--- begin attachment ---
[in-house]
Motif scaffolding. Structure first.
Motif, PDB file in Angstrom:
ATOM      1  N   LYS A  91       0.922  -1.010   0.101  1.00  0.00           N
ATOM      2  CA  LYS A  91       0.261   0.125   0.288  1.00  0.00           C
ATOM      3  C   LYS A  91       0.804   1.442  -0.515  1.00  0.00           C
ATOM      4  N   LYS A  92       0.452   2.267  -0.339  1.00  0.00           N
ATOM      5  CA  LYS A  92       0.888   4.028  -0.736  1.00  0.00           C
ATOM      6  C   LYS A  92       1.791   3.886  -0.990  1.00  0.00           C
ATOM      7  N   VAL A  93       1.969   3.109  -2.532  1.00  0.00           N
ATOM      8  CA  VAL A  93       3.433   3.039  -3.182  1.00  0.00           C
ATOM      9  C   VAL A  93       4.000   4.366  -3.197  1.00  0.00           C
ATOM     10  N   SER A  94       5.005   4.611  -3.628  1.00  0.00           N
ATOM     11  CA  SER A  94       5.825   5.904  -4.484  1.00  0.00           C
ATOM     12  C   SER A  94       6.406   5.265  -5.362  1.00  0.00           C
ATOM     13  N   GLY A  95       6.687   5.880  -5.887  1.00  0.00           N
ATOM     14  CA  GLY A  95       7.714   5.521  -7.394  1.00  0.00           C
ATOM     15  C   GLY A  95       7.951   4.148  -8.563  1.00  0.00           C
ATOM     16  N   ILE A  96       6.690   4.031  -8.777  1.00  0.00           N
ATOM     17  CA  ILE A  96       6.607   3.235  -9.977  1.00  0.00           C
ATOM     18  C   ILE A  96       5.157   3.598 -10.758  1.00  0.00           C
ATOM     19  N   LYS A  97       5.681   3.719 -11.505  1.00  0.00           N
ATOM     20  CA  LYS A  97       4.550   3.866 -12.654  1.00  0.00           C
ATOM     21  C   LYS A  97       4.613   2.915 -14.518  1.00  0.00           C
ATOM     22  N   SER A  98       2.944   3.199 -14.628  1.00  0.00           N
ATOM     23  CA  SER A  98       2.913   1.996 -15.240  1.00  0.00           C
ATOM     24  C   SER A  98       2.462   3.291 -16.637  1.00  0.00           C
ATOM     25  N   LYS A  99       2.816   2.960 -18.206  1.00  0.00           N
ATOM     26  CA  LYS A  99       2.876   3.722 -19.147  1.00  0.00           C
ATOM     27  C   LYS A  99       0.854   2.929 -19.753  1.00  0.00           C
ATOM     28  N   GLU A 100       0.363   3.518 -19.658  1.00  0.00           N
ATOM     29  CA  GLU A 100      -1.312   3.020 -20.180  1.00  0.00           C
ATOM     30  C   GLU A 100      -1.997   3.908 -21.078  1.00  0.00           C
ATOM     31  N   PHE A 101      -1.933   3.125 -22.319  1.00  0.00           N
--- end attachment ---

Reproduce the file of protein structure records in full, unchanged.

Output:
[in-house]
Motif scaffolding. Structure first.
Motif, PDB file in Angstrom:
ATOM      1  N   LYS A  91       0.922  -1.010   0.101  1.00  0.00           N
ATOM      2  CA  LYS A  91       0.261   0.125   0.288  1.00  0.00           C
ATOM      3  C   LYS A  91       0.804   1.442  -0.515  1.00  0.00           C
ATOM      4  N   LYS A  92       0.452   2.267  -0.339  1.00  0.00           N
ATOM      5  CA  LYS A  92       0.888   4.028  -0.736  1.00  0.00           C
ATOM      6  C   LYS A  92       1.791   3.886  -0.990  1.00  0.00           C
ATOM      7  N   VAL A  93       1.969   3.109  -2.532  1.00  0.00           N
ATOM      8  CA  VAL A  93       3.433   3.039  -3.182  1.00  0.00           C
ATOM      9  C   VAL A  93       4.000   4.366  -3.197  1.00  0.00           C
ATOM     10  N   SER A  94       5.005   4.611  -3.628  1.00  0.00           N
ATOM     11  CA  SER A  94       5.825   5.904  -4.484  1.00  0.00           C
ATOM     12  C   SER A  94       6.406   5.265  -5.362  1.00  0.00           C
ATOM     13  N   GLY A  95       6.687   5.880  -5.887  1.00  0.00           N
ATOM     14  CA  GLY A  95       7.714   5.521  -7.394  1.00  0.00           C
ATOM     15  C   GLY A  95       7.951   4.148  -8.563  1.00  0.00           C
ATOM     16  N   ILE A  96       6.690   4.031  -8.777  1.00  0.00           N
ATOM     17  CA  ILE A  96       6.607   3.235  -9.977  1.00  0.00           C
ATOM     18  C   ILE A  96       5.157   3.598 -10.758  1.00  0.00           C
ATOM     19  N   LYS A  97       5.681   3.719 -11.505  1.00  0.00           N
ATOM     20  CA  LYS A  97       4.550   3.866 -12.654  1.00  0.00           C
ATOM     21  C   LYS A  97       4.613   2.915 -14.518  1.00  0.00           C
ATOM     22  N   SER A  98       2.944   3.199 -14.628  1.00  0.00           N
ATOM     23  CA  SER A  98       2.913   1.996 -15.240  1.00  0.00           C
ATOM     24  C   SER A  98       2.462   3.291 -16.637  1.00  0.00           C
ATOM     25  N   LYS A  99       2.816   2.960 -18.206  1.00  0.00           N
ATOM     26  CA  LYS A  99       2.876   3.722 -19.147  1.00  0.00           C
ATOM     27  C   LYS A  99       0.854   2.929 -19.753  1.00  0.00           C
ATOM     28  N   GLU A 100       0.363   3.518 -19.658  1.00  0.00           N
ATOM     29  CA  GLU A 100      -1.312   3.020 -20.180  1.00  0.00           C
ATOM     30  C   GLU A 100      -1.997   3.908 -21.078  1.00  0.00           C
ATOM     31  N   PHE A 101      -1.933   3.125 -22.319  1.00  0.00           N